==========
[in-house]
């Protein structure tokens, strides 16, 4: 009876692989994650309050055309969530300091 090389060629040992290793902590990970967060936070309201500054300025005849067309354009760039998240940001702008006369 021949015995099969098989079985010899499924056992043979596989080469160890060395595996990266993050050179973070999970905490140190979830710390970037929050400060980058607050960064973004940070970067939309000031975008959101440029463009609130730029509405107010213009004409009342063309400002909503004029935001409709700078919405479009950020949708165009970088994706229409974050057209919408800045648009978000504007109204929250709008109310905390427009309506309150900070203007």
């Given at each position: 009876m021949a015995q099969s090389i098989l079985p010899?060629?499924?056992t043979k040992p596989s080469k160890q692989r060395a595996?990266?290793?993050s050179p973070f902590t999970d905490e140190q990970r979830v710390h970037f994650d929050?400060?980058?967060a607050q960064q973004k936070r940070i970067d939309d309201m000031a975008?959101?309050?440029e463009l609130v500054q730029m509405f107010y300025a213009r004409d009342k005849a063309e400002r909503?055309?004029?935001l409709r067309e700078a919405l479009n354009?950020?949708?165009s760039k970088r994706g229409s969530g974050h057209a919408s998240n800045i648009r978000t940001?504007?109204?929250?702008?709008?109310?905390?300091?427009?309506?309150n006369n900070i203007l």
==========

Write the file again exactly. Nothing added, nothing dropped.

[in-house]
């Protein structure tokens, strides 16, 4: 009876692989994650309050055309969530300091 090389060629040992290793902590990970967060936070309201500054300025005849067309354009760039998240940001702008006369 021949015995099969098989079985010899499924056992043979596989080469160890060395595996990266993050050179973070999970905490140190979830710390970037929050400060980058607050960064973004940070970067939309000031975008959101440029463009609130730029509405107010213009004409009342063309400002909503004029935001409709700078919405479009950020949708165009970088994706229409974050057209919408800045648009978000504007109204929250709008109310905390427009309506309150900070203007």
């Given at each position: 009876m021949a015995q099969s090389i098989l079985p010899?060629?499924?056992t043979k040992p596989s080469k160890q692989r060395a595996?990266?290793?993050s050179p973070f902590t999970d905490e140190q990970r979830v710390h970037f994650d929050?400060?980058?967060a607050q960064q973004k936070r940070i970067d939309d309201m000031a975008?959101?309050?440029e463009l609130v500054q730029m509405f107010y300025a213009r004409d009342k005849a063309e400002r909503?055309?004029?935001l409709r067309e700078a919405l479009n354009?950020?949708?165009s760039k970088r994706g229409s969530g974050h057209a919408s998240n800045i648009r978000t940001?504007?109204?929250?702008?709008?109310?905390?300091?427009?309506?309150n006369n900070i203007l």